Daily Worship

Room for me

Jane Denniston April 23, 2024 7 6
Image credit: Unsplash
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Luke 19: 1-10 (NRSVA)

19 He entered Jericho and was passing through it. 2 A man was there named Zacchaeus; he was a chief tax-collector and was rich. 3 He was trying to see who Jesus was, but on account of the crowd he could not, because he was short in stature. 4 So he ran ahead and climbed a sycomore tree to see him, because he was going to pass that way. 5 When Jesus came to the place, he looked up and said to him, ‘Zacchaeus, hurry and come down; for I must stay at your house today.’ 6 So he hurried down and was happy to welcome him. 7 All who saw it began to grumble and said, ‘He has gone to be the guest of one who is a sinner.’ 8 Zacchaeus stood there and said to the Lord, ‘Look, half of my possessions, Lord, I will give to the poor; and if I have defrauded anyone of anything, I will pay back four times as much.’ 9 Then Jesus said to him, ‘Today salvation has come to this house, because he too is a son of Abraham. 10 For the Son of Man came to seek out and to save the lost.’

When royalty comes to town the crowds turn out in greeting and celebration.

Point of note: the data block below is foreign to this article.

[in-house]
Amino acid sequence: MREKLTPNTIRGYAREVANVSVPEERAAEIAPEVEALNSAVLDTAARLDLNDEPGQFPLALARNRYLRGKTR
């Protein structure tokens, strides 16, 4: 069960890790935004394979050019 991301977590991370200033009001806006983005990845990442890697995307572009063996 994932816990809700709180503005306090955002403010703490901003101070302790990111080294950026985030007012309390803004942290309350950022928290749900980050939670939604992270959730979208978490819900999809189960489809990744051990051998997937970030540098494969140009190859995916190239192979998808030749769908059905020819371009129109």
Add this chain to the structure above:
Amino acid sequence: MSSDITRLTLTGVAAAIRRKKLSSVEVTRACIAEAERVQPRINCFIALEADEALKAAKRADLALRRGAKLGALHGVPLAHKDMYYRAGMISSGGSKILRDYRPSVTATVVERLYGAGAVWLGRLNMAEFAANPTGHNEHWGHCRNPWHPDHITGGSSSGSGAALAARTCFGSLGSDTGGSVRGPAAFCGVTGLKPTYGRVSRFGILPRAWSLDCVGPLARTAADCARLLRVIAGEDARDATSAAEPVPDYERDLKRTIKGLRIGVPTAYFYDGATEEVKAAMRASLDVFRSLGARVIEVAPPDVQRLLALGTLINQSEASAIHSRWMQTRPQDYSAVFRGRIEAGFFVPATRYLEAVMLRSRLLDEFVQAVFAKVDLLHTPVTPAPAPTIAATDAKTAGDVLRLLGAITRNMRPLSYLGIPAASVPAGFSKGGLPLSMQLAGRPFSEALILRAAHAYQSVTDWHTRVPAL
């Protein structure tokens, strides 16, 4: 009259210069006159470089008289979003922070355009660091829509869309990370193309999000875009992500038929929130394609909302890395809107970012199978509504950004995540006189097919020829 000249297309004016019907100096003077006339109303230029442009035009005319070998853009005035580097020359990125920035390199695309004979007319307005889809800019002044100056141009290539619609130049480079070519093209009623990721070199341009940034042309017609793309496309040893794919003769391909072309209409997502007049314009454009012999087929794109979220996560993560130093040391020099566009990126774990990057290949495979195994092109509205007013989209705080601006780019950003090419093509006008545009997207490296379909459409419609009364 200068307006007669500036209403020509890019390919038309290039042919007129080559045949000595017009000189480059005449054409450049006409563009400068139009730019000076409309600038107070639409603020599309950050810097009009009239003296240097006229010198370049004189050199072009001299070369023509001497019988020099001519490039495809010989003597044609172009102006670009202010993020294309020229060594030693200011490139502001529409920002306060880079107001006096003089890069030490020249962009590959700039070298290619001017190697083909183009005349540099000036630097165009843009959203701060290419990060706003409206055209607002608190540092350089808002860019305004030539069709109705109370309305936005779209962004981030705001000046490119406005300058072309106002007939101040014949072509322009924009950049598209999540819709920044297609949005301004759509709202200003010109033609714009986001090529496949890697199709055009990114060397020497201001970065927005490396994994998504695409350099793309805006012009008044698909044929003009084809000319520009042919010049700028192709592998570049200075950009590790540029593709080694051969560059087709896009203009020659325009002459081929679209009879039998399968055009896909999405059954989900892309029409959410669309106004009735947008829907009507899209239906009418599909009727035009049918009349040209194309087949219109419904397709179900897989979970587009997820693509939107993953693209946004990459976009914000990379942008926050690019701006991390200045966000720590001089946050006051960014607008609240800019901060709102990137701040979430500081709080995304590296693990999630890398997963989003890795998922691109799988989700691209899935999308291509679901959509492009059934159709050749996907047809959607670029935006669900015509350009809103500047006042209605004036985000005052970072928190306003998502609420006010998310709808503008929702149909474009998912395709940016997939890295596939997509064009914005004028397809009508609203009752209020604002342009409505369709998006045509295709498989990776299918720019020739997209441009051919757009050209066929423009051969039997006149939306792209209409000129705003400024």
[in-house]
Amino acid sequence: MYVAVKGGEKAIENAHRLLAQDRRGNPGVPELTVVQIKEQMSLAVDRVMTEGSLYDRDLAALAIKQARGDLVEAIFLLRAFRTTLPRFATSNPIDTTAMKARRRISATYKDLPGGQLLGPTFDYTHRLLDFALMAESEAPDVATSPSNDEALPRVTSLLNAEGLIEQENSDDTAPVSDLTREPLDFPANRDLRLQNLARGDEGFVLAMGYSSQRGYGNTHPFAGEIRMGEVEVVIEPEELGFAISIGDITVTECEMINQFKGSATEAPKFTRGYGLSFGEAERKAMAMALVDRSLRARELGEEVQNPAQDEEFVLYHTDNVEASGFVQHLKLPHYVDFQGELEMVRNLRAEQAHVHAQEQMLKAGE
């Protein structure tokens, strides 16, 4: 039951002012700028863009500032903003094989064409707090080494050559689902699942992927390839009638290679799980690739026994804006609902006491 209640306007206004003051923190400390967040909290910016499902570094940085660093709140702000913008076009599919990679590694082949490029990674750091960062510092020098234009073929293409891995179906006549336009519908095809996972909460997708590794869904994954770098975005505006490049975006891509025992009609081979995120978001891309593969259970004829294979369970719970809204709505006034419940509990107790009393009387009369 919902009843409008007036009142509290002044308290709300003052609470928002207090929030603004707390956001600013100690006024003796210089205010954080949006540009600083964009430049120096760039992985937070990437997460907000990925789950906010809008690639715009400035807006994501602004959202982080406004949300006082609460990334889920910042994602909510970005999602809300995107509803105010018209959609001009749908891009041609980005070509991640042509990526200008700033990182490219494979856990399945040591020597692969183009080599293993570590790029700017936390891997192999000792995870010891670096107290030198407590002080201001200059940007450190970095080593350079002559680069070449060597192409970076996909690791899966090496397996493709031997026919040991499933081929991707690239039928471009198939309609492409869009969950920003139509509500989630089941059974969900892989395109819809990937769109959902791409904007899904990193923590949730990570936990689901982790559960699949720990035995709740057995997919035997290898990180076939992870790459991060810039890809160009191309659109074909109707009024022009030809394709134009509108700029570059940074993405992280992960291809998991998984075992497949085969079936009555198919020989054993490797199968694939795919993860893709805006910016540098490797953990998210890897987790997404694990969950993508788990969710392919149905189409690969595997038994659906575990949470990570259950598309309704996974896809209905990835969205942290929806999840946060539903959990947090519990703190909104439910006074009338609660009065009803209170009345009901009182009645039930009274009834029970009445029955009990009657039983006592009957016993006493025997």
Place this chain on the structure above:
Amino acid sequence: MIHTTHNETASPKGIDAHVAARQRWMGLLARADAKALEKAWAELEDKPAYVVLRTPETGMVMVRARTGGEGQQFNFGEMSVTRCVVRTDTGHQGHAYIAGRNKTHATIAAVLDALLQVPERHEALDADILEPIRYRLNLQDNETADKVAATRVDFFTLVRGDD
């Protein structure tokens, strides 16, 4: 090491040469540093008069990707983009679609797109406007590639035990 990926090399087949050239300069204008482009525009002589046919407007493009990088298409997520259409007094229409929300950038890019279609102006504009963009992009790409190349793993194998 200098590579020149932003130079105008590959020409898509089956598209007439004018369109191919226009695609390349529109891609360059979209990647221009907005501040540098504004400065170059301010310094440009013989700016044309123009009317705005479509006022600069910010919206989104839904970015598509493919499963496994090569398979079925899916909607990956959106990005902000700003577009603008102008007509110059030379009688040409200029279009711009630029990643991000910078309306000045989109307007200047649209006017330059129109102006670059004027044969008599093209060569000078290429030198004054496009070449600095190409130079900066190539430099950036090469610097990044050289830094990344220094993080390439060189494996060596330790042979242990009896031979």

When royalty comes to town headlines are made.

When royalty comes to town the crowd is managed carefully, tight security in evidence.

When royalty comes to town the great and the good gather and are assembled, by invitation only, of course.

The small people are not included.

Those without status or money or power are not included.

Those without friends or influence are not included.

Those without the right kind of background are not included.


When Jesus comes to town it is not the wildness of the crowd which is remarkable.

When Jesus comes to town, he seeks out the small people ignoring those of status, those with wealth and power and influence.

When Jesus comes to town he does not seek the respectable, the worthy, those whom the world honours.

When Jesus comes to town, he does not obey the rules of polite society.

Jesus’ standards are not the world standards, and he alone chooses who is worthy of notice.




Dear Lord,

I fear to approach you.

You are surrounded by so many

more fit

more able

more confident

more experienced

more talented

more worthy.

They crowd around you, seeking attention.

Who am I that I should dare to approach?


So I sneak up,

timidly and shyly,

peaking round corners,

trying to approach you

but sure that there are many more important things

demanding your attention.


And then the miracle!

You ignore all those people.

The clever, the skilled,

the socially acceptable.

(They would cut me out and cut me off.

They disparage and dismiss me.

Perhaps some of them even hate me.)

And yet you come towards me!

You notice me and call to me.

I cannot mistake your call.

You look, not over my shoulder

to someone fitter and taller.

You speak to me

and call my name!

You come in, and sit with me

and sup with me

and I am acceptable in your sight.